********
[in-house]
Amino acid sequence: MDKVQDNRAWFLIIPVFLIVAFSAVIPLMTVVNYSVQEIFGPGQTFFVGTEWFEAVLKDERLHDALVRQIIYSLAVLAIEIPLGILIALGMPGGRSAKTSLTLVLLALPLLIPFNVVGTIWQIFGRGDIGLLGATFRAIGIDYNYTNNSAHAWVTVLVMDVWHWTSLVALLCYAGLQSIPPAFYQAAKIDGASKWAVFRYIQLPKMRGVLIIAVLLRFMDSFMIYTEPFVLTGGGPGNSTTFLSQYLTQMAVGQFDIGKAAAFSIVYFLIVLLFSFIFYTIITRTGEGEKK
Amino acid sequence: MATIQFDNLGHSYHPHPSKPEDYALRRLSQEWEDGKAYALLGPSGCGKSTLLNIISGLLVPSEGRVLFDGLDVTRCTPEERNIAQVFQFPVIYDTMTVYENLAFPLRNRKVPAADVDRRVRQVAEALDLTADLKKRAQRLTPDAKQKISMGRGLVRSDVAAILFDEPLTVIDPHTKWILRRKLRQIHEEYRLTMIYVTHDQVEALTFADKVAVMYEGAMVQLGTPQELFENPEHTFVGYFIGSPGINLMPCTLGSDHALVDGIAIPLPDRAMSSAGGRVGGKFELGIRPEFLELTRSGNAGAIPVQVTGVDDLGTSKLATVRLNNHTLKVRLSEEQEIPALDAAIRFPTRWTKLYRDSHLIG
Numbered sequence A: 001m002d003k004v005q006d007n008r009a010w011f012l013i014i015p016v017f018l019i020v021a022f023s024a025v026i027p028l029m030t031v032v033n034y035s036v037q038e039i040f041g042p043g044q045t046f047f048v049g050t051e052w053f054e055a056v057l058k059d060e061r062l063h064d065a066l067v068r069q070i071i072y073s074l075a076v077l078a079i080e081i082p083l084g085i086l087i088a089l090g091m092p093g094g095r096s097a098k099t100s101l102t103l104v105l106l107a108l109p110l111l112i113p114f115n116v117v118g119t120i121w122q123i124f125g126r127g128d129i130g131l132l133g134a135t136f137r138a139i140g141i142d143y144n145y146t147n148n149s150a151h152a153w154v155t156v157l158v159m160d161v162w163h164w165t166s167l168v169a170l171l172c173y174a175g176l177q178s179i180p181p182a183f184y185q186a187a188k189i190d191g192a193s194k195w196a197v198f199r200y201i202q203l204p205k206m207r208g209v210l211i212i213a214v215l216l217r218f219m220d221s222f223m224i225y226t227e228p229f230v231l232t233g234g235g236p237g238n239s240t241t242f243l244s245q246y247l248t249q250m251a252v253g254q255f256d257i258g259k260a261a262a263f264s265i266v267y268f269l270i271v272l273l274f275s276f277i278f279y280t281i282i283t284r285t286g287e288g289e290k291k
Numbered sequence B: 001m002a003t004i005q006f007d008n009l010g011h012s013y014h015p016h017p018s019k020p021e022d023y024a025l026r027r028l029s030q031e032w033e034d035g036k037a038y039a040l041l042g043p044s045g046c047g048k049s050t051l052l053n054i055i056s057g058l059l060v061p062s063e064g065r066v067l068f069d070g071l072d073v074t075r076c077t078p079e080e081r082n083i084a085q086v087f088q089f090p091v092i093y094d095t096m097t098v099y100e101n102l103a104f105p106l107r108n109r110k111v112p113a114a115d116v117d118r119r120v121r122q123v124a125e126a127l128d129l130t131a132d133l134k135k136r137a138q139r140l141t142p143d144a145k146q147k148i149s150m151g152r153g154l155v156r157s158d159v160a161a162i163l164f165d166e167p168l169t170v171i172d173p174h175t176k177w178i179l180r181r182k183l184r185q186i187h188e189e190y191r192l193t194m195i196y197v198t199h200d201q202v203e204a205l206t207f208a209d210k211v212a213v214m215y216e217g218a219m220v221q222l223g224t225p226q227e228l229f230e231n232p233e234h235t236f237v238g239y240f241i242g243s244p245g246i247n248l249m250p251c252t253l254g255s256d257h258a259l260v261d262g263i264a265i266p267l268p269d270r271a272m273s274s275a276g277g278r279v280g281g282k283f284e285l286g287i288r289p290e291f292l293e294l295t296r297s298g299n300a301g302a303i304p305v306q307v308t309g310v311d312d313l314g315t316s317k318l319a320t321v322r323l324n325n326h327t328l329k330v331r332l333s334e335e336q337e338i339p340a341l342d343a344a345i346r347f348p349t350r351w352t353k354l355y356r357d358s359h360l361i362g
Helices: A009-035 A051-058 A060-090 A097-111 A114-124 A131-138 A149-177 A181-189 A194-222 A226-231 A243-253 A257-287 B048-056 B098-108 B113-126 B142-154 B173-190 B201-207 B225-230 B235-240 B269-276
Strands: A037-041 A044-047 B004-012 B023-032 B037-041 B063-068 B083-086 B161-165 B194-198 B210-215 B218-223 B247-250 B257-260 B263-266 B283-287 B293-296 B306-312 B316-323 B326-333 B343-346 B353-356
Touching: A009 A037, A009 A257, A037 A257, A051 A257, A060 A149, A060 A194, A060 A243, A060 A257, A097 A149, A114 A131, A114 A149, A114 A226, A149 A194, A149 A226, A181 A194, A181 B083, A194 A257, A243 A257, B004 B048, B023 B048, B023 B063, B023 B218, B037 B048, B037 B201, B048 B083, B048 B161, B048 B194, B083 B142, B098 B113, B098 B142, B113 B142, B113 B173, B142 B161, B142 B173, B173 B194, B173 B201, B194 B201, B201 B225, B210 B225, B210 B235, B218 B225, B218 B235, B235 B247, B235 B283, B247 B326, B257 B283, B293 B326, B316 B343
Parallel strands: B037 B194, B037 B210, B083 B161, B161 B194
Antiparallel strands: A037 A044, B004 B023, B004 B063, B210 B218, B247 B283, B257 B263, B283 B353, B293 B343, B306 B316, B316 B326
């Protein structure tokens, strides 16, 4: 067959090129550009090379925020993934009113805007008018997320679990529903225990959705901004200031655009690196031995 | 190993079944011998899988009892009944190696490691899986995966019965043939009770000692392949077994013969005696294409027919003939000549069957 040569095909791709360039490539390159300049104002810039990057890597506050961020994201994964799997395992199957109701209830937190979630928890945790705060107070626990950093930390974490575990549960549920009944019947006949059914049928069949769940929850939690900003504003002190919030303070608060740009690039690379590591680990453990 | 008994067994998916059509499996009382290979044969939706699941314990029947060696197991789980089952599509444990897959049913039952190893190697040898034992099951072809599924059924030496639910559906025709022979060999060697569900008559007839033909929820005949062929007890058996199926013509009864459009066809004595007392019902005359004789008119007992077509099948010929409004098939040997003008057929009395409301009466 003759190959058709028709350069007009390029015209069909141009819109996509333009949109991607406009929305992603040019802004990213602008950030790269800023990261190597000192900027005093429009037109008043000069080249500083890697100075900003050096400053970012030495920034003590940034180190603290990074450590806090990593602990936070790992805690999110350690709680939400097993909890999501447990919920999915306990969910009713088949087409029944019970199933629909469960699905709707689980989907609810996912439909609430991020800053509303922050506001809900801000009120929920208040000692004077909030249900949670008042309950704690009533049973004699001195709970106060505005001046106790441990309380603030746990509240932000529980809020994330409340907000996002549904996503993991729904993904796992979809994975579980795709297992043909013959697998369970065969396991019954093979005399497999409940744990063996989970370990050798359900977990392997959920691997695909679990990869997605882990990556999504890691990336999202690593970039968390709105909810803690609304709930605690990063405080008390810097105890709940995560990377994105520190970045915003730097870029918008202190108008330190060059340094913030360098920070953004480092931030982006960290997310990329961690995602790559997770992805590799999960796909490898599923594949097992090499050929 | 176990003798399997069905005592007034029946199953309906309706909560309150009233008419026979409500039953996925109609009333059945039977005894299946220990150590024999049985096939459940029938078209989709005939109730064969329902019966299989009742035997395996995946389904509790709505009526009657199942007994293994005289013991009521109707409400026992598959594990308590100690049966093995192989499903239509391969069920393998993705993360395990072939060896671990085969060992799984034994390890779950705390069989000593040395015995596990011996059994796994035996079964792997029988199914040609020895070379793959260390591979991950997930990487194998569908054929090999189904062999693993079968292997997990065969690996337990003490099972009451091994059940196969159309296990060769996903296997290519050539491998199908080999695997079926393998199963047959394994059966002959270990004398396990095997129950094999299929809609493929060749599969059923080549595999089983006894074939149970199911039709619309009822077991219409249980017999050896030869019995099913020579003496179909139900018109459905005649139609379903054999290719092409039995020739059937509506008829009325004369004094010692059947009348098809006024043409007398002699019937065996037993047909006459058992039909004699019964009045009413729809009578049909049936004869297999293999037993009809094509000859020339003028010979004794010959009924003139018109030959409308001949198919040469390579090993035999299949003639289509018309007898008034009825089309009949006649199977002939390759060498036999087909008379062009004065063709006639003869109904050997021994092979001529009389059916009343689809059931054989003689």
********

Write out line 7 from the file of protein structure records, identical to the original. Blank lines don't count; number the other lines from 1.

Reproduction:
Strands: A037-041 A044-047 B004-012 B023-032 B037-041 B063-068 B083-086 B161-165 B194-198 B210-215 B218-223 B247-250 B257-260 B263-266 B283-287 B293-296 B306-312 B316-323 B326-333 B343-346 B353-356